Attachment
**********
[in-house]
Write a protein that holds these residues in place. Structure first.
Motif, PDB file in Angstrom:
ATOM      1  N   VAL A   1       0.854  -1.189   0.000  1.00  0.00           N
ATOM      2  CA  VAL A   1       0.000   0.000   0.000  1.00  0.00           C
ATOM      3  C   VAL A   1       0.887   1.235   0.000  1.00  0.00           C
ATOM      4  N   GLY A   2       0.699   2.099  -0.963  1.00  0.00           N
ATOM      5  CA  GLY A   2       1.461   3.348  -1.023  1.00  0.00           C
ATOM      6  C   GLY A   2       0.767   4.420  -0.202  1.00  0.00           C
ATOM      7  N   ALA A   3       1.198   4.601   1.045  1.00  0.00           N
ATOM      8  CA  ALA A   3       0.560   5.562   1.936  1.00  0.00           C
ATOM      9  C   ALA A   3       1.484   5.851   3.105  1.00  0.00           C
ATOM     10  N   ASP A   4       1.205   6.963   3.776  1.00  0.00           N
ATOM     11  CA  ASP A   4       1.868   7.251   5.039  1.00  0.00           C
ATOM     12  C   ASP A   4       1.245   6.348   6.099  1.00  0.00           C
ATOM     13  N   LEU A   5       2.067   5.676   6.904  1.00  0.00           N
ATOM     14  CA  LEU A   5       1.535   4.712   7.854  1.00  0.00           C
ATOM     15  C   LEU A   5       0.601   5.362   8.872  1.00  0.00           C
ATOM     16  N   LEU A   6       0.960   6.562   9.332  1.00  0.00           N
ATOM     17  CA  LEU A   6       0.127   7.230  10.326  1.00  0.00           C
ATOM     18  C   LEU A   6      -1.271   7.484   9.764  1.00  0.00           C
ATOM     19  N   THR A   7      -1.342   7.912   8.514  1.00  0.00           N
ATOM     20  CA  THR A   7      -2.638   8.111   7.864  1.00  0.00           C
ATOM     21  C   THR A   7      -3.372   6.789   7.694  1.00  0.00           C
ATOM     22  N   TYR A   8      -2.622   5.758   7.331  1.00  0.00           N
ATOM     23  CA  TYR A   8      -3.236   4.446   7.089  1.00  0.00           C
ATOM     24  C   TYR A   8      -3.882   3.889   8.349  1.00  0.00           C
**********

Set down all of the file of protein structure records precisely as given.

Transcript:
[in-house]
Write a protein that holds these residues in place. Structure first.
Motif, PDB file in Angstrom:
ATOM      1  N   VAL A   1       0.854  -1.189   0.000  1.00  0.00           N
ATOM      2  CA  VAL A   1       0.000   0.000   0.000  1.00  0.00           C
ATOM      3  C   VAL A   1       0.887   1.235   0.000  1.00  0.00           C
ATOM      4  N   GLY A   2       0.699   2.099  -0.963  1.00  0.00           N
ATOM      5  CA  GLY A   2       1.461   3.348  -1.023  1.00  0.00           C
ATOM      6  C   GLY A   2       0.767   4.420  -0.202  1.00  0.00           C
ATOM      7  N   ALA A   3       1.198   4.601   1.045  1.00  0.00           N
ATOM      8  CA  ALA A   3       0.560   5.562   1.936  1.00  0.00           C
ATOM      9  C   ALA A   3       1.484   5.851   3.105  1.00  0.00           C
ATOM     10  N   ASP A   4       1.205   6.963   3.776  1.00  0.00           N
ATOM     11  CA  ASP A   4       1.868   7.251   5.039  1.00  0.00           C
ATOM     12  C   ASP A   4       1.245   6.348   6.099  1.00  0.00           C
ATOM     13  N   LEU A   5       2.067   5.676   6.904  1.00  0.00           N
ATOM     14  CA  LEU A   5       1.535   4.712   7.854  1.00  0.00           C
ATOM     15  C   LEU A   5       0.601   5.362   8.872  1.00  0.00           C
ATOM     16  N   LEU A   6       0.960   6.562   9.332  1.00  0.00           N
ATOM     17  CA  LEU A   6       0.127   7.230  10.326  1.00  0.00           C
ATOM     18  C   LEU A   6      -1.271   7.484   9.764  1.00  0.00           C
ATOM     19  N   THR A   7      -1.342   7.912   8.514  1.00  0.00           N
ATOM     20  CA  THR A   7      -2.638   8.111   7.864  1.00  0.00           C
ATOM     21  C   THR A   7      -3.372   6.789   7.694  1.00  0.00           C
ATOM     22  N   TYR A   8      -2.622   5.758   7.331  1.00  0.00           N
ATOM     23  CA  TYR A   8      -3.236   4.446   7.089  1.00  0.00           C
ATOM     24  C   TYR A   8      -3.882   3.889   8.349  1.00  0.00           C